Climate change. The words are in the news all the time, like a background hum, or a mosquito whine you can’t avoid. When I visit the pond, evidence is everywhere, whether in an arctic blast or the 40 degree weather that follows a couple hours later. I see the trees downed by severe windstorms, the land flooded with late fall and early winter rains that usually aren’t. Despite the losses, I am still overwhelmed by the beauty nature shows me. With extreme temperature changes this winter, I have seen the pond freeze/thaw/freeze/thaw/freeze. So many forms of frozen ripple, crack, crumple. I think about how to portray the frozen lace in paint, how to sneak up on the glorious effects, how to make the process look effortless. Time and experimentation. Details below.

TM9630 Early Winter at the Pond – detail from top right with freezing ripples
TM9630 Early Winter at the Pond – detail from left of center with freezing water and subsurface vegetation
TM9630 Early Winter at the Pond – detail from bottom left with open water
TM9630 Early Winter at the Pond – detail from bottom right showing use of layered brush and roller marks

Technical painting notes: I started the painting with a roll-up of dark, thin oil paint establishing major values, then worked to define the clumps of grasses with a silicone scraper. When the underlayer was dry, I started to define the ripples and alternate this brushwork with glazes. A narrow roller was used build the thicket of marks that would become underwater vegetation. I used a wider rubber roller to glaze over and smudge the ripples, and to start laying in the larger bands of blue open water. Alternating brush and roller, I put details down then semi-buried them under rolled nearly transparent glazes to suggest the luminous ice forming around the grass clumps. Including a touch of olive green brought the colors into balance and serves as a reminder that what is frozen now will be green again.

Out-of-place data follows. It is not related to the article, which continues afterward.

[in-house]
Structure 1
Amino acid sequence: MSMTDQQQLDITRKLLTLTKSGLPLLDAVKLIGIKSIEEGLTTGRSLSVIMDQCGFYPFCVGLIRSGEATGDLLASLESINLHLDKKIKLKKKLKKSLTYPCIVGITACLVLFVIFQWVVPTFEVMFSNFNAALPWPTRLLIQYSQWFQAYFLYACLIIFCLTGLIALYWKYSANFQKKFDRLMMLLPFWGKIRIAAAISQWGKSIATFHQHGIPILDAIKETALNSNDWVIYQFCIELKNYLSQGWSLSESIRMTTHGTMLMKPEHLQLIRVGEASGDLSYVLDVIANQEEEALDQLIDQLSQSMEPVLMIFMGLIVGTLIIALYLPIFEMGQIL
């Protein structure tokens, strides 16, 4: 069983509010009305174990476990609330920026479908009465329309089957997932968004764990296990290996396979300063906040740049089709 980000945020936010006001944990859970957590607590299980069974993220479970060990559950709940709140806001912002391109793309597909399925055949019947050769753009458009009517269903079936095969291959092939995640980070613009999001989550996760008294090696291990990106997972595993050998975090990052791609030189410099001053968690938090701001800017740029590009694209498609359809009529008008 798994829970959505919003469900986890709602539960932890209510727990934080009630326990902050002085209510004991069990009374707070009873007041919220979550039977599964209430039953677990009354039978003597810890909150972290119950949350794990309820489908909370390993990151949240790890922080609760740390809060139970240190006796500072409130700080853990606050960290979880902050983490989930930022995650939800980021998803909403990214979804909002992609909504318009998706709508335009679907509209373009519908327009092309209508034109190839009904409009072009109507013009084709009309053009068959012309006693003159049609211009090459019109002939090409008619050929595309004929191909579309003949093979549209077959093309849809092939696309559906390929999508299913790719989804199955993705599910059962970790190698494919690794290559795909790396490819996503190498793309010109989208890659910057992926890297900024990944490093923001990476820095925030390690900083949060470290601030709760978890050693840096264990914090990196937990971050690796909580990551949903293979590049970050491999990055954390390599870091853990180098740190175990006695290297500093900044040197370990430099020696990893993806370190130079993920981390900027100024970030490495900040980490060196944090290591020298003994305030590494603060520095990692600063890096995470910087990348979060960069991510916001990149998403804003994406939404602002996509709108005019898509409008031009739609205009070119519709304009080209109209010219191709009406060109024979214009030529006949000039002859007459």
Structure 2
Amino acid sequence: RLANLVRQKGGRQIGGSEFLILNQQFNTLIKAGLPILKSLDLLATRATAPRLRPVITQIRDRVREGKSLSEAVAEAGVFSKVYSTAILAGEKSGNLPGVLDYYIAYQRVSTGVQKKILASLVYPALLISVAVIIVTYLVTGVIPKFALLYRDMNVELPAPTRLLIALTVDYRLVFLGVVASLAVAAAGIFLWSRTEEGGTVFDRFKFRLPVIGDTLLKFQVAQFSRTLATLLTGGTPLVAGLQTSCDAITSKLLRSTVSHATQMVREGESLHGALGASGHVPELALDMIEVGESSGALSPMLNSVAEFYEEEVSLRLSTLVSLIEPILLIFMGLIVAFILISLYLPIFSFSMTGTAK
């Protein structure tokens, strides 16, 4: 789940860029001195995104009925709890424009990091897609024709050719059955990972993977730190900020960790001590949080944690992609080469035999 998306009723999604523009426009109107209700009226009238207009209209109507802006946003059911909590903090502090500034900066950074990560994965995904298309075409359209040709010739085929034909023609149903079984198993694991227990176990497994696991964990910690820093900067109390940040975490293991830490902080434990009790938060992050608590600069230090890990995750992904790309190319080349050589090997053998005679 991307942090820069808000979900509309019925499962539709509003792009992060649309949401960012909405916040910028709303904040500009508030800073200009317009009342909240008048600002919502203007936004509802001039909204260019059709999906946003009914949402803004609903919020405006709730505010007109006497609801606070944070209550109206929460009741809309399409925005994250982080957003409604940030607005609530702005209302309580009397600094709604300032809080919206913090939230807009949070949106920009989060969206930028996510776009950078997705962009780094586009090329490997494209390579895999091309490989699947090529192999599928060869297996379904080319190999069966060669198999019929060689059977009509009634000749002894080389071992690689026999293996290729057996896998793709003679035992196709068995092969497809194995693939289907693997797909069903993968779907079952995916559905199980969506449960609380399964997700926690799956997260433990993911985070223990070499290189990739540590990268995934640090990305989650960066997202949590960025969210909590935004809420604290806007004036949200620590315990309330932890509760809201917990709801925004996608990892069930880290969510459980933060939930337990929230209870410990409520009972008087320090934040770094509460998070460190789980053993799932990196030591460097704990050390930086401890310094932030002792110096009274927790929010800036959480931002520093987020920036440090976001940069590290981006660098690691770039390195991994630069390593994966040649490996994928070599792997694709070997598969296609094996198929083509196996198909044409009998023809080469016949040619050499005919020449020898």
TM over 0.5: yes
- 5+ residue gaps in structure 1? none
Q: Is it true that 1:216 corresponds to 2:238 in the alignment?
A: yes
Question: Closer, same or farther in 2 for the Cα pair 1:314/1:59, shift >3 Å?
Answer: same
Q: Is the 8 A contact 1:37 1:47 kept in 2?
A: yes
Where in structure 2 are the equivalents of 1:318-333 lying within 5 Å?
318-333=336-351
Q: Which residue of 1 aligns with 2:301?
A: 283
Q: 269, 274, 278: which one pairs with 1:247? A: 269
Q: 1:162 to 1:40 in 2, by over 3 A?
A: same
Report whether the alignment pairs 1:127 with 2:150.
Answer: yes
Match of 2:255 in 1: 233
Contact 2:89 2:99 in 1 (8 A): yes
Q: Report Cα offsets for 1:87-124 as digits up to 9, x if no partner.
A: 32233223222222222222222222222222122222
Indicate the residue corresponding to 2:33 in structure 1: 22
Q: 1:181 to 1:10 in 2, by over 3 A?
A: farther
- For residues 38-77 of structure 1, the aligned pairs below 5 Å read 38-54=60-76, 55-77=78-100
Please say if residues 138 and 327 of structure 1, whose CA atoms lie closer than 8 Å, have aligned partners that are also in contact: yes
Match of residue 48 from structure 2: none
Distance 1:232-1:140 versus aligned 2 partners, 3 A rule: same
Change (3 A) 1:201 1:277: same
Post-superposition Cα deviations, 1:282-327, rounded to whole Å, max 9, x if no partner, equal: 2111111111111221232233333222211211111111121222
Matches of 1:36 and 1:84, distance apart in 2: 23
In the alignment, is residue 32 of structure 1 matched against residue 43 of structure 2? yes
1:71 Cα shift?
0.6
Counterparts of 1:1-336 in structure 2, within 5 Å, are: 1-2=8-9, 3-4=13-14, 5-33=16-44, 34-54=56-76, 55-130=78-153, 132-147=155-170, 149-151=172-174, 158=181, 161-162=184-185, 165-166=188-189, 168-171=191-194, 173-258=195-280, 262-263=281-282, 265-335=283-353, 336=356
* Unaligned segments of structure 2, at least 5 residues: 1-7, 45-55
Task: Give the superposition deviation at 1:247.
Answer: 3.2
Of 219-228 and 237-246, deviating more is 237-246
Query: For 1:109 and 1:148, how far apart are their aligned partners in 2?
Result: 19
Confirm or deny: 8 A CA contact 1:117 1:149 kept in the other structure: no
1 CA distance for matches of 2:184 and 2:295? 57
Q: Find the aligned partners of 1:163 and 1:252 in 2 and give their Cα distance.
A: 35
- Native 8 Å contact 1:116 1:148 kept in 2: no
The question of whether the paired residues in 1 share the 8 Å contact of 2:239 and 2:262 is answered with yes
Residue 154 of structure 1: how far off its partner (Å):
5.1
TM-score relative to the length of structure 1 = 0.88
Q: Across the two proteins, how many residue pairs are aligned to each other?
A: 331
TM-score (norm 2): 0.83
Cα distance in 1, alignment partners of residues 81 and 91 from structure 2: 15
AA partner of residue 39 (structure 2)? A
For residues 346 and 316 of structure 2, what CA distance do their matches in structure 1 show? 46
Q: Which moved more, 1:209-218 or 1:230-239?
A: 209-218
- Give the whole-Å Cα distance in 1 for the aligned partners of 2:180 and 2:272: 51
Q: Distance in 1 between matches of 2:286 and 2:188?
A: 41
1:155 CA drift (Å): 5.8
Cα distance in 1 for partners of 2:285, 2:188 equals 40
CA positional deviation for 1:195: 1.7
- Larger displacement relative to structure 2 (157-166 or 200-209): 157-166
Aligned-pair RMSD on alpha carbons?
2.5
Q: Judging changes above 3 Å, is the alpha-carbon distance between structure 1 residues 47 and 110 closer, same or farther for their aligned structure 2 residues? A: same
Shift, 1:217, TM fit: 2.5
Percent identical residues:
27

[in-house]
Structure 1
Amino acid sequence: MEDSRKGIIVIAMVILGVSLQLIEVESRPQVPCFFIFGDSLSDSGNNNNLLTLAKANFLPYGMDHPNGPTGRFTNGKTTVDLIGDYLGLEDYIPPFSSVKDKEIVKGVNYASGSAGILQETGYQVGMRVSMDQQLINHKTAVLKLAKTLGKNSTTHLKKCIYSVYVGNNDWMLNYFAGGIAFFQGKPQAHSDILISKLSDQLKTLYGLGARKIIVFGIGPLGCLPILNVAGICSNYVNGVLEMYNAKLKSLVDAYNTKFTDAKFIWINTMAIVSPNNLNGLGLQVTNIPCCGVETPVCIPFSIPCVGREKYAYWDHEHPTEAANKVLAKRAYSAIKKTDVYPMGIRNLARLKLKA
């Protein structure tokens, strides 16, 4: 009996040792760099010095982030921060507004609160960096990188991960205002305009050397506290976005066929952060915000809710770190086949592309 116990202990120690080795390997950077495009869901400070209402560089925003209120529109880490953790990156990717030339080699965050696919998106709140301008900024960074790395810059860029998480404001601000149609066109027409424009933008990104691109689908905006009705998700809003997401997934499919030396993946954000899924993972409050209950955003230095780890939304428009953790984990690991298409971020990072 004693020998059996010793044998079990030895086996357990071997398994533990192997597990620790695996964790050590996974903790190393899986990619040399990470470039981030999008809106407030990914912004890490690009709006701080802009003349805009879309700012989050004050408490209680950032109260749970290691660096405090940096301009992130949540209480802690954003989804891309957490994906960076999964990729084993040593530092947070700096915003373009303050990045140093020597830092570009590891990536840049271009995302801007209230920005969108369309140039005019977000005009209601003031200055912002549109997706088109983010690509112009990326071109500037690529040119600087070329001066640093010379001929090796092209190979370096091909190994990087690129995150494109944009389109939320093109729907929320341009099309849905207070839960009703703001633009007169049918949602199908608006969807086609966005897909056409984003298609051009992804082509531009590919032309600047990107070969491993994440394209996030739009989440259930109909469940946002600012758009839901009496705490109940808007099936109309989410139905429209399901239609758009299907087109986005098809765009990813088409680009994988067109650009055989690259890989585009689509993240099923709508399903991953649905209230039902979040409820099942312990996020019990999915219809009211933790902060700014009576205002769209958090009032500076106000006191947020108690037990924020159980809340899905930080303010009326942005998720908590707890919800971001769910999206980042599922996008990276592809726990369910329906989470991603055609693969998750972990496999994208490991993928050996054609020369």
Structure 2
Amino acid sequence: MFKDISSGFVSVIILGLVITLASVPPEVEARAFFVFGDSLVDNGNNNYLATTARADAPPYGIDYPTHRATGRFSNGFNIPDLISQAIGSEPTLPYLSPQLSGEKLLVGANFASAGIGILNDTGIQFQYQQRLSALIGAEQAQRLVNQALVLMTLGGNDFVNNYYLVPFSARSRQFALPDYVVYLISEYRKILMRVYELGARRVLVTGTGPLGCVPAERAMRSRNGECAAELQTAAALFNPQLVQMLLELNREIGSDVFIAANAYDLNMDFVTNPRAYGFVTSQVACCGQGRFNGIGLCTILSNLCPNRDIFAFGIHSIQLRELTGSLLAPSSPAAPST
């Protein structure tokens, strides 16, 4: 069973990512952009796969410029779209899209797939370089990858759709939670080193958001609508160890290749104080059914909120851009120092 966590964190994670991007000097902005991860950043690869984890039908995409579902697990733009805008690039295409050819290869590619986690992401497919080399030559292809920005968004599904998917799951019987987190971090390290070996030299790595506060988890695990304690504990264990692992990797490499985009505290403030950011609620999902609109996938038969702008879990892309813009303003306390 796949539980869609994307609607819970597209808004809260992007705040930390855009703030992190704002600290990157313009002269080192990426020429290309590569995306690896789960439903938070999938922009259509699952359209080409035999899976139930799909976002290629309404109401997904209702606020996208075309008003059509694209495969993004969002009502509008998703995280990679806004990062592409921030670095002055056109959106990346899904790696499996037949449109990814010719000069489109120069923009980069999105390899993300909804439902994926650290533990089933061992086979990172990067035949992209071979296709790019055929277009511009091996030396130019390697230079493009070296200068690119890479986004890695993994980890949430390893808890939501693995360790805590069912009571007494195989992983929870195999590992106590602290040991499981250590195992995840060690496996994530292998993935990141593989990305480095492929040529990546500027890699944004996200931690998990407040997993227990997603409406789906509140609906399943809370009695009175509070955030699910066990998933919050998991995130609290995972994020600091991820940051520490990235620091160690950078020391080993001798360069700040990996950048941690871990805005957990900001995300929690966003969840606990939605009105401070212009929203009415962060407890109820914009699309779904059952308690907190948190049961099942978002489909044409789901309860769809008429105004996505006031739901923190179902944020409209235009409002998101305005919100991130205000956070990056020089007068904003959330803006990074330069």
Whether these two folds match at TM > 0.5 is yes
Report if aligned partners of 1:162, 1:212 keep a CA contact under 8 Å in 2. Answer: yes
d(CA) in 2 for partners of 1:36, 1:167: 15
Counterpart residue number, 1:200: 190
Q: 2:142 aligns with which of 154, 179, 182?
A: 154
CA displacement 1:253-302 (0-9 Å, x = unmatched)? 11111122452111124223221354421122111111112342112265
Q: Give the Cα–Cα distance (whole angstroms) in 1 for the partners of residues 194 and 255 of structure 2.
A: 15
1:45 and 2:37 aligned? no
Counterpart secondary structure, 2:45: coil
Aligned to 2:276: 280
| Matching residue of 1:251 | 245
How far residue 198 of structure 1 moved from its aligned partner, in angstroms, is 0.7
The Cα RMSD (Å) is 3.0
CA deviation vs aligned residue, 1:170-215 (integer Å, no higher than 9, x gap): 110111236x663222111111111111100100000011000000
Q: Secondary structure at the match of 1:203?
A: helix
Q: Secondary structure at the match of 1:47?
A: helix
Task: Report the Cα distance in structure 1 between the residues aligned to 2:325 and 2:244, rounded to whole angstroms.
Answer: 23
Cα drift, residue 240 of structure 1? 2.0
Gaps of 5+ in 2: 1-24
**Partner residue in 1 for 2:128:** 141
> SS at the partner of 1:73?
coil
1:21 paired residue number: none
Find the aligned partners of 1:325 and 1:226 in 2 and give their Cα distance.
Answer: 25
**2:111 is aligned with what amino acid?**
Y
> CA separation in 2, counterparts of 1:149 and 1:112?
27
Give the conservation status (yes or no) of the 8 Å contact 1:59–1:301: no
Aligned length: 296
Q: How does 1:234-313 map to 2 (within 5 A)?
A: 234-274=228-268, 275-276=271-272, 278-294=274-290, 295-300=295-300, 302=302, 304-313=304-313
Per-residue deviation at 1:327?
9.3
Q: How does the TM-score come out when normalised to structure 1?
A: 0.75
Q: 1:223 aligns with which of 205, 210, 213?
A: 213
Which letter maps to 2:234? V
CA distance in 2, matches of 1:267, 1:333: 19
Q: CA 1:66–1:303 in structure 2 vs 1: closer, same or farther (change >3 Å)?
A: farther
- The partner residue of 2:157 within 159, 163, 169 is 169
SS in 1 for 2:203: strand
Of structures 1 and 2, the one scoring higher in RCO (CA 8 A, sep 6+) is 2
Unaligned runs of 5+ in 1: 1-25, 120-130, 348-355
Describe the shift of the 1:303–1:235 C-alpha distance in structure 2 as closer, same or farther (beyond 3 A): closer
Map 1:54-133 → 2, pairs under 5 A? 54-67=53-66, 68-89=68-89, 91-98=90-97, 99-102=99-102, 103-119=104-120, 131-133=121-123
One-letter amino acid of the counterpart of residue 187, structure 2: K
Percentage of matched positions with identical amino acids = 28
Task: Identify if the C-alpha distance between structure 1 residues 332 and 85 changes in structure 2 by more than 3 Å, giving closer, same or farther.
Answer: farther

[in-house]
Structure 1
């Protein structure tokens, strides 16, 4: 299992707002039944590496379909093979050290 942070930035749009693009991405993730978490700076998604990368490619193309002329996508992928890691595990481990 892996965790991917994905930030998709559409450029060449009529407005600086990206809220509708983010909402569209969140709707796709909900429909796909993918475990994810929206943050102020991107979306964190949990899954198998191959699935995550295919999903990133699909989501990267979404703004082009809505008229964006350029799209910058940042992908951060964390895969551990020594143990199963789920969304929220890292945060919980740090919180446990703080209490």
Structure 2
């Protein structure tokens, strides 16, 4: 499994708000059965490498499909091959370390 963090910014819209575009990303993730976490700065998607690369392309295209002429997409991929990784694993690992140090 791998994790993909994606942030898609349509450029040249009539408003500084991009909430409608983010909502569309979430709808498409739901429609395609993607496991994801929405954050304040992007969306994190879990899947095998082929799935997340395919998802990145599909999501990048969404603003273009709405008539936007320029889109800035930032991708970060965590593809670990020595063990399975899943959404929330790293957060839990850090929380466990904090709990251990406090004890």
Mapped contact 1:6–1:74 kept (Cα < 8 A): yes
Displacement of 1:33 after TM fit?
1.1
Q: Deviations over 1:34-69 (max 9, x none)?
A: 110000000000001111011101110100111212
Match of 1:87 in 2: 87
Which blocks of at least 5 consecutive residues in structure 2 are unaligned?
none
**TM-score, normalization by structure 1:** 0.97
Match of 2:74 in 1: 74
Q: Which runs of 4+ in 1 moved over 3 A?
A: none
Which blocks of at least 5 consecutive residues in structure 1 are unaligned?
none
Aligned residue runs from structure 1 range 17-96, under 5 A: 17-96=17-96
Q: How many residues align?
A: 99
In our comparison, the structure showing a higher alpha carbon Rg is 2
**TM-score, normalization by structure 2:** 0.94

An Early Snow

TM9626 An Early Snow 7×7 oil on paper

While terrible for the trees, an early snowfall is gorgeous to see and enjoy. The stark whites and blues intermixed with the last foliage broadens the palette. It’s like the best of winter and summer combined. Of course it also means many limbs will come crashing down, to be turned into strong diagonals in the next paintings. All part of why I love working with landscape. Enjoy!

Taking the Other Path

TM9625 Taking the Other Path 7×7 oil on paper

Every day brings changes. This new view of a familiar winter creek after snow is more frozen than previously. I definitely felt the cold in my bones this time. But, as always, it was worth the discomfort. That being said, next time I’ll add another layer. Enjoy.

Path into the Woods

TM96324 Path into the Woods 7×7 oil on paper

:This study of an alternate path through the woods on a snowy day is full of the sunshine that is so dear in January. There are so many trails in these woods. I can’t help but think of Robert Frost’s poem The Road Not Taken:

“………And I took the one less travelled by, and that has made all the difference.”

Over the years, I’ve walked many of the trails, and I am still finding more. Best is when I get off the trail, keeping the position of the sun in mind, and start exploring. I call it tromping the swamps. In winter, the abstract patterns of ice and frost collecting around clumps of grasses is so visually exciting. It was the inspiration of my large painting The Winter Pond. I look forward to working with the subject again when the temperature drops. In the meantime, I’ll try a few new trails…….Enjoy.